But drug pricing is only part of the answer. There is an opportunity to use treatment options that cost less and are better for patients. Here are a few examples.

We suffer from an opioid epidemic, killing tens of thousands of Americans annually. Some 2 million Americans suffer from a prescription drug substance abuse disorder.

Many of these people became addicted because they were in pain. Yet our health care system is not incentivized to embrace technology as an alternative to drugs.

For example, Oska Pulse offers a Food and Drug Administration-approved device that has been proven to reduce pain in most users. Similarly, Tivic Health’s ClearUP is a product that targets sinus pain. If we start with innovative devices such as these as treatment options, we could avoid many people’s need for drugs in the first place.

Another alternative is focused ultrasound technology. I attended the International Symposium on Focused Ultrasound and heard how patients with scores of maladies are being successfully treated with electronic waves to kill cancers and fix problems such as tremors.

Compare the two-hour focused ultrasound outpatient procedure with the standard of care of radiation therapy or chemotherapy, and it’s clear that patients benefit. Yet while the FDA has approved several ultrasound treatments and is on the way to approving more, American doctors have been slow to adopt the treatment.

Simply put, our system is not designed to pay doctors for less-intrusive procedures — and even gives existing doctor groups a right to veto new treatment codes.

And if we are serious about our cost of health care, we need to adjust not only our payment codes but also our thinking about how data can be used to keep us healthy and ensure we know when to see a doctor. Many of us wear devices to monitor our vital signs — and these devices have data that can be aggregated and used to predict when we need treatment.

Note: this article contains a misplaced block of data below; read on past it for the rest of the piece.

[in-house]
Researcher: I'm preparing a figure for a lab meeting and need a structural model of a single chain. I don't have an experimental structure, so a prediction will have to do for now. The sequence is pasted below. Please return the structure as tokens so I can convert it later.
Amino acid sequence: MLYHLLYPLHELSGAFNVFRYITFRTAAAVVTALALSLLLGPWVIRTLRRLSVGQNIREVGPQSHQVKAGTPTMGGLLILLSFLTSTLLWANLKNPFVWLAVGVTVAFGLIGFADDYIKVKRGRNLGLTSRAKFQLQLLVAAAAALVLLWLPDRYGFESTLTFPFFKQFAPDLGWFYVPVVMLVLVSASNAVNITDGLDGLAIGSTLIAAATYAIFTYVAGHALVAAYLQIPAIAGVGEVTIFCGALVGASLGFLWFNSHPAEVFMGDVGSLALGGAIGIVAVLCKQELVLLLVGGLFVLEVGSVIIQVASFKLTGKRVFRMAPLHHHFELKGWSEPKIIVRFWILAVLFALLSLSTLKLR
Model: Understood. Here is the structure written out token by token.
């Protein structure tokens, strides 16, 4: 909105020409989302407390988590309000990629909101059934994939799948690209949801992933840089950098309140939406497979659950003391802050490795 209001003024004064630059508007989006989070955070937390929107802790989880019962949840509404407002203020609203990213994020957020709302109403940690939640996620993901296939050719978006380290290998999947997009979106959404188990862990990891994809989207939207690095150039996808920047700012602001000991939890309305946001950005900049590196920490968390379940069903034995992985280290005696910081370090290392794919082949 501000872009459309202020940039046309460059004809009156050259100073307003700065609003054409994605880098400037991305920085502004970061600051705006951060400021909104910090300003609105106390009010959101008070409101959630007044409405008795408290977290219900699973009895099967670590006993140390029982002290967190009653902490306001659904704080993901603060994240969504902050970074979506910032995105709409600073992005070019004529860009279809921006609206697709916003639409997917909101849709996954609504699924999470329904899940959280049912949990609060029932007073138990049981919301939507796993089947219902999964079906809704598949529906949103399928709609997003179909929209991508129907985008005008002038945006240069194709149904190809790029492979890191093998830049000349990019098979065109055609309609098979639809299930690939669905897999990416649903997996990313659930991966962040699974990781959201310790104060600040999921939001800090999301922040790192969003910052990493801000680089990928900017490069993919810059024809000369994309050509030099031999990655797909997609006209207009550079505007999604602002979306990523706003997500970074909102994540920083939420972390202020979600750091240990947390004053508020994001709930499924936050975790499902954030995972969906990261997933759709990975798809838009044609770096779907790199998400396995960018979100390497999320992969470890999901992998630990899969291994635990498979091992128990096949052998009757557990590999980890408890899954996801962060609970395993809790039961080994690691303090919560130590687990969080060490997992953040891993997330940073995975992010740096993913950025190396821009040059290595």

With artificial intelligence, these devices will increasingly be our health monitors and our link to our doctors. But we need to make sure our doctors get paid for their work, so these devices can be effectively used.

The Trump administration’s action on drug pricing reimbursements is encouraging. It is part of the right approach, as cost becomes a factor in our health care system and the choices we make. We also need to create incentives for patients and doctors to make choices that not only weigh effectiveness of drugs, but also consider other treatment options that may be less costly, less intrusive and less frequent.

Everyone — doctors, patients and regulators — has a role to play in bringing down health care costs. The days of patient oblivion to prices, doctors focusing on maximizing income and drug companies burdening Americans must end.

 

Gary Shapiro is president and CEO of the Consumer Technology Association, the U.S. trade association representing more than 2,200 consumer technology companies, and a New York Times best-selling author, and his new book, “Ninja Future: Secrets to Success in the New World of Innovation,” is available now.